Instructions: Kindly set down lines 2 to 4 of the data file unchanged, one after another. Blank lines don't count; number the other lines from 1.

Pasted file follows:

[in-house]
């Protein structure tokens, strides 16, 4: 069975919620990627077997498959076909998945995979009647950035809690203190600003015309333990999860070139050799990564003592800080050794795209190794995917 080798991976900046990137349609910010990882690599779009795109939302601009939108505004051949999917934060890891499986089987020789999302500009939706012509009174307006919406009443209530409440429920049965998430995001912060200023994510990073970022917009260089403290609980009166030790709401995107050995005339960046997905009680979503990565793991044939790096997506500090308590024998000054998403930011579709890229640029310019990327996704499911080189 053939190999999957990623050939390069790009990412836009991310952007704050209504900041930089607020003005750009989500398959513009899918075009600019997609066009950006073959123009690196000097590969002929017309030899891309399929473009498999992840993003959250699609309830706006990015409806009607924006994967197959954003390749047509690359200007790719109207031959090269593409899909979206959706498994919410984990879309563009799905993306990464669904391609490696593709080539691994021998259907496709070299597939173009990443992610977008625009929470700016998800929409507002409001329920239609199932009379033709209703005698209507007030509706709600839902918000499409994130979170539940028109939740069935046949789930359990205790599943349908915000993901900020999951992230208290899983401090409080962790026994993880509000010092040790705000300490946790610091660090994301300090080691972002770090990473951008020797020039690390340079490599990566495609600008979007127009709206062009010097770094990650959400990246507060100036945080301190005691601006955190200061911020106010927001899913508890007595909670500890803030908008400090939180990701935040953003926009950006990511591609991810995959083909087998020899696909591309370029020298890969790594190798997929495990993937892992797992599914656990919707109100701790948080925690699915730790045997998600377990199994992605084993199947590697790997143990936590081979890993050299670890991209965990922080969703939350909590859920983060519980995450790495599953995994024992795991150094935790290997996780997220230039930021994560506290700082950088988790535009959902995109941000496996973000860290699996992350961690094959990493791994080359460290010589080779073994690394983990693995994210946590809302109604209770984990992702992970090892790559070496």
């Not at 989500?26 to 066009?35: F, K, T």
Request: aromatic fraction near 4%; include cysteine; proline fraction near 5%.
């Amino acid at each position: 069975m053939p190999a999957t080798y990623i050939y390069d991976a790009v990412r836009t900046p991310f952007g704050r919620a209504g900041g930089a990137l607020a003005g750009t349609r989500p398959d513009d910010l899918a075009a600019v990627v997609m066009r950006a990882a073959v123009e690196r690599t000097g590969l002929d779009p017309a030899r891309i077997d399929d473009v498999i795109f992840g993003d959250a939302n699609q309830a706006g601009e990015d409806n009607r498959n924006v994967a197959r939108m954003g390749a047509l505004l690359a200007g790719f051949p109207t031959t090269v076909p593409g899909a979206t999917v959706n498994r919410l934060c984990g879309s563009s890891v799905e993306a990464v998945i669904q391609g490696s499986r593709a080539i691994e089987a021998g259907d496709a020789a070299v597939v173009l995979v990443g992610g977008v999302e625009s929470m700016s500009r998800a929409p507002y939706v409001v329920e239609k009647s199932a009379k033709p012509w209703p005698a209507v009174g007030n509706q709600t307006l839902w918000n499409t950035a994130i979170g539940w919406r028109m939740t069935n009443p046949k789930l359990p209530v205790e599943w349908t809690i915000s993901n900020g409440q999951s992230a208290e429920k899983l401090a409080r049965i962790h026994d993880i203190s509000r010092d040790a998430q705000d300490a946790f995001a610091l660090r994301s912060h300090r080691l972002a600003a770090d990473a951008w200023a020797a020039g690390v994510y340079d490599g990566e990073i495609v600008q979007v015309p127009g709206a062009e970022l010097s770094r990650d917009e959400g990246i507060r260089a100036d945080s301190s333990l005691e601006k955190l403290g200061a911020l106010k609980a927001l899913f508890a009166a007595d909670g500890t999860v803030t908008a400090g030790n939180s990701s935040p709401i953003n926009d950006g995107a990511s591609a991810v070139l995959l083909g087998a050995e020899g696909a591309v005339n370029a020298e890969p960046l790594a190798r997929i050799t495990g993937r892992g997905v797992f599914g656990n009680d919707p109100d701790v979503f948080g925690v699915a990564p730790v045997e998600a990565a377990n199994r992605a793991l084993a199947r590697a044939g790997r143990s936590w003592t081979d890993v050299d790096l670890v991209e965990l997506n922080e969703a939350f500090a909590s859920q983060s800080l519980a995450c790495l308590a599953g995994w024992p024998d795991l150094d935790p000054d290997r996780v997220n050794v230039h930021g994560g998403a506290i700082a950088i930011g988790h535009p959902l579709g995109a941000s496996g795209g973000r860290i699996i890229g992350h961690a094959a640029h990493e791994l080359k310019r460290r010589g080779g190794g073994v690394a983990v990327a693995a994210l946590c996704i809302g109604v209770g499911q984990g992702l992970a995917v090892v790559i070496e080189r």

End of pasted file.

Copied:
């Protein structure tokens, strides 16, 4: 069975919620990627077997498959076909998945995979009647950035809690203190600003015309333990999860070139050799990564003592800080050794795209190794995917 080798991976900046990137349609910010990882690599779009795109939302601009939108505004051949999917934060890891499986089987020789999302500009939706012509009174307006919406009443209530409440429920049965998430995001912060200023994510990073970022917009260089403290609980009166030790709401995107050995005339960046997905009680979503990565793991044939790096997506500090308590024998000054998403930011579709890229640029310019990327996704499911080189 053939190999999957990623050939390069790009990412836009991310952007704050209504900041930089607020003005750009989500398959513009899918075009600019997609066009950006073959123009690196000097590969002929017309030899891309399929473009498999992840993003959250699609309830706006990015409806009607924006994967197959954003390749047509690359200007790719109207031959090269593409899909979206959706498994919410984990879309563009799905993306990464669904391609490696593709080539691994021998259907496709070299597939173009990443992610977008625009929470700016998800929409507002409001329920239609199932009379033709209703005698209507007030509706709600839902918000499409994130979170539940028109939740069935046949789930359990205790599943349908915000993901900020999951992230208290899983401090409080962790026994993880509000010092040790705000300490946790610091660090994301300090080691972002770090990473951008020797020039690390340079490599990566495609600008979007127009709206062009010097770094990650959400990246507060100036945080301190005691601006955190200061911020106010927001899913508890007595909670500890803030908008400090939180990701935040953003926009950006990511591609991810995959083909087998020899696909591309370029020298890969790594190798997929495990993937892992797992599914656990919707109100701790948080925690699915730790045997998600377990199994992605084993199947590697790997143990936590081979890993050299670890991209965990922080969703939350909590859920983060519980995450790495599953995994024992795991150094935790290997996780997220230039930021994560506290700082950088988790535009959902995109941000496996973000860290699996992350961690094959990493791994080359460290010589080779073994690394983990693995994210946590809302109604209770984990992702992970090892790559070496």
């Not at 989500?26 to 066009?35: F, K, T």
Request: aromatic fraction near 4%; include cysteine; proline fraction near 5%.